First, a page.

10 THE DINING MARKET In recent years, the demand for fine dining has decreased, resulting in the increasing popularity of “casual upscale” dining. Some well known fine dining restaurants in some cities have even closed Casual upscale restaurants are characterized by sophisticated menus, excellence in food, strong management (typically run by chains), and good wine lists but are slightly less expensive and more casual than traditional fine dining restaurants.

11 THE DINING MARKET Examples of casual upscale chains would include Houston’s, Mimi’s, Cheesecake Factory, and the Chart House Because of their ambience and the overall experience that they provide, many of these concepts appear as if they were independent restaurants Interestingly, because of the success of these chains, they have been the targets for acquisitions by other companies

12 THE EATING MARKET The eating market is differentiated from the dining market in that it caters more to meeting biological needs The best (and most obvious) example would be quick-service restaurants or QSR The other primary segment is the family dining segment which offers table seating and full service (examples, Denny’s, IHOP, and Cracker Barrel)

13 THE EATING MARKET The eating market can be sub-divided into (1) on-premise and; (2) off-premise dining Off-premise can be further classified into: Takeout (or take-away Drive through Delivery Together, these three areas have grown tremendously as a result for customers’ demand for speed and convenience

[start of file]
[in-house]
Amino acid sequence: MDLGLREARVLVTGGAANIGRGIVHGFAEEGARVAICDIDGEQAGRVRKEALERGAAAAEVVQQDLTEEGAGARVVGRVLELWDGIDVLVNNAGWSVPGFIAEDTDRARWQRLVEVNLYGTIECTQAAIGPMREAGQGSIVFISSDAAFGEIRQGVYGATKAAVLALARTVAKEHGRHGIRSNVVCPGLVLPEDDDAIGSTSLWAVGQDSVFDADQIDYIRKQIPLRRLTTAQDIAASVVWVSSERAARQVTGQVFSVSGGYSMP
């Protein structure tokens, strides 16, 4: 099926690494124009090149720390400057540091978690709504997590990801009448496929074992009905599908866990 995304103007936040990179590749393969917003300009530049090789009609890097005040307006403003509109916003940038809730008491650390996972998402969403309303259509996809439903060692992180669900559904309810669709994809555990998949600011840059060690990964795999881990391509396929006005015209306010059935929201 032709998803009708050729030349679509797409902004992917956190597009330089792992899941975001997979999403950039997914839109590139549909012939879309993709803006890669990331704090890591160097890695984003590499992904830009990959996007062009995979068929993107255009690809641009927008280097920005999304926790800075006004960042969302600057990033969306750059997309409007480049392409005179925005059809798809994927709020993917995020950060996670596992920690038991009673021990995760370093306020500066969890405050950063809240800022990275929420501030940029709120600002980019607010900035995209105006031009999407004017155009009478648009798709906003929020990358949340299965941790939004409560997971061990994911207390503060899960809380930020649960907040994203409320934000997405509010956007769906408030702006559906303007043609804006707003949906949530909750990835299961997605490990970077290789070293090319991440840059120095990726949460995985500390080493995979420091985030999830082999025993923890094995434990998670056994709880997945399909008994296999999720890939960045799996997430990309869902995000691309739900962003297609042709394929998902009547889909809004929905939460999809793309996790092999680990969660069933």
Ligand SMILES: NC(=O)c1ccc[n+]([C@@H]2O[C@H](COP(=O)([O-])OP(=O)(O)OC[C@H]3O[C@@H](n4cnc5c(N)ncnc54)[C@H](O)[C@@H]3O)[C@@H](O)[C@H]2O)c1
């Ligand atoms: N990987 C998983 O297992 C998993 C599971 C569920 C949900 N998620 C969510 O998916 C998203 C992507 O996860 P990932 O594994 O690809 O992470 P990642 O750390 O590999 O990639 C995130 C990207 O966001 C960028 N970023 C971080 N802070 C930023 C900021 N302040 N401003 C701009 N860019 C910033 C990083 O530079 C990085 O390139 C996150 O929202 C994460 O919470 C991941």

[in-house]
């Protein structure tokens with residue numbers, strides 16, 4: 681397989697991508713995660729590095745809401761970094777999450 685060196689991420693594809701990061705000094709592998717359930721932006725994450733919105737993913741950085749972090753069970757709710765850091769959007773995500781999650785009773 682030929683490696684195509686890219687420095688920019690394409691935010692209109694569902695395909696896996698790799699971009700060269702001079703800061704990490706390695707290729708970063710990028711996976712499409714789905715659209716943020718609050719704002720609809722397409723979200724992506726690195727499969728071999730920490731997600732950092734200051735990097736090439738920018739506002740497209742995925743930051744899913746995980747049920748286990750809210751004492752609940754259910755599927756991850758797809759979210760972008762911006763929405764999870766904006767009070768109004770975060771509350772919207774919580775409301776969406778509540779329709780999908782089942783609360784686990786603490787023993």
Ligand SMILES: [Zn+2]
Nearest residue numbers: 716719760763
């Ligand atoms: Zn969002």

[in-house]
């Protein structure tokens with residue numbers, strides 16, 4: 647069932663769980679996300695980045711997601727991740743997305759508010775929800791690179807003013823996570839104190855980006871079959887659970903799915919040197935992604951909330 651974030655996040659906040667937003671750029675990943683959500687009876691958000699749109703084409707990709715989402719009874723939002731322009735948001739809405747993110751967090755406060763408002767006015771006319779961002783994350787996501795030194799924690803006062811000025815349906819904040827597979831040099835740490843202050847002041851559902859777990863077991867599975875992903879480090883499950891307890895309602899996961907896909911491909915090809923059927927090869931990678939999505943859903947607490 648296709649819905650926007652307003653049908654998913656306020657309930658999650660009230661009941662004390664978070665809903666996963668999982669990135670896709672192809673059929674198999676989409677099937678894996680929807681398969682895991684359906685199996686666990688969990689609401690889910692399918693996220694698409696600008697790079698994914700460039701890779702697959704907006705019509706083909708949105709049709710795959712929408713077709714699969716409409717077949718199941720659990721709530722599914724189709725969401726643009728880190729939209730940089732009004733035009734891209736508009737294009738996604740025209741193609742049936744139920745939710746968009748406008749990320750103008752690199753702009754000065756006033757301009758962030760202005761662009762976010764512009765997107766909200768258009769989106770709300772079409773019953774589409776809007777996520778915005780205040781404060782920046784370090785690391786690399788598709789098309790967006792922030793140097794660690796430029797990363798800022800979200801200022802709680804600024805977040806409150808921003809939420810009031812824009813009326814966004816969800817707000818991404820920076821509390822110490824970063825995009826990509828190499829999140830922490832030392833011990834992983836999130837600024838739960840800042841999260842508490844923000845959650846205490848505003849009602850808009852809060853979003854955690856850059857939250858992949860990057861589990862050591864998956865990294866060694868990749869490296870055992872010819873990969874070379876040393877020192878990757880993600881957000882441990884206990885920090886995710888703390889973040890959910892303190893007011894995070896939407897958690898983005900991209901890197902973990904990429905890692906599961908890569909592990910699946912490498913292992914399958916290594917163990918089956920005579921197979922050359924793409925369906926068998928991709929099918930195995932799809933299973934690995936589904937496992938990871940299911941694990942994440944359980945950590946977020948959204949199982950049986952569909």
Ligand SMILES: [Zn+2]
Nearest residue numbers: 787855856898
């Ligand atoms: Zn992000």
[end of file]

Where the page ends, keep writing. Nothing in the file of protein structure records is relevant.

When we use the term Contemporary Popular-priced restaurants, we are referring to the restaurants that cater to the eating market As you will recall, the two primary segments in this market or QSR and Family Dining restaurants We will also include casual restaurants which provide a bridge between the eating and dining markets. We will discuss each of these in turn

15 QSRs The Quick Service segment is a very unique segment for a variety of reasons. You have all been consumers of “fast food.” Think about why you go you QS restaurants….. QSRs have a very long history, are among the most productive types of restaurant operations in the entire industry and have a history of leading in industry in new developments

16 The Eating and Dining Markets
Upscale Casual Family Dining Vending E QSR Fast Casual Casual Dining Fine Dining

17 QSRs Even though many believe that QSR begins and ends with McDonald’s, it is generally believed to have begun in the 1920s with White Castle and then began to develop in the 1940s with Carl’s Jr. and In-N-Out. Others also started around this time including McDonald’s. The industry has undergone many changes in the past 60 years including the domination by chains and the emergence of McDonald’s as the leader

18 QSRs The QSR industry is characterized by a variety of things including: Location Limited menus Sales volume Fast service Types of employees (many part-timers)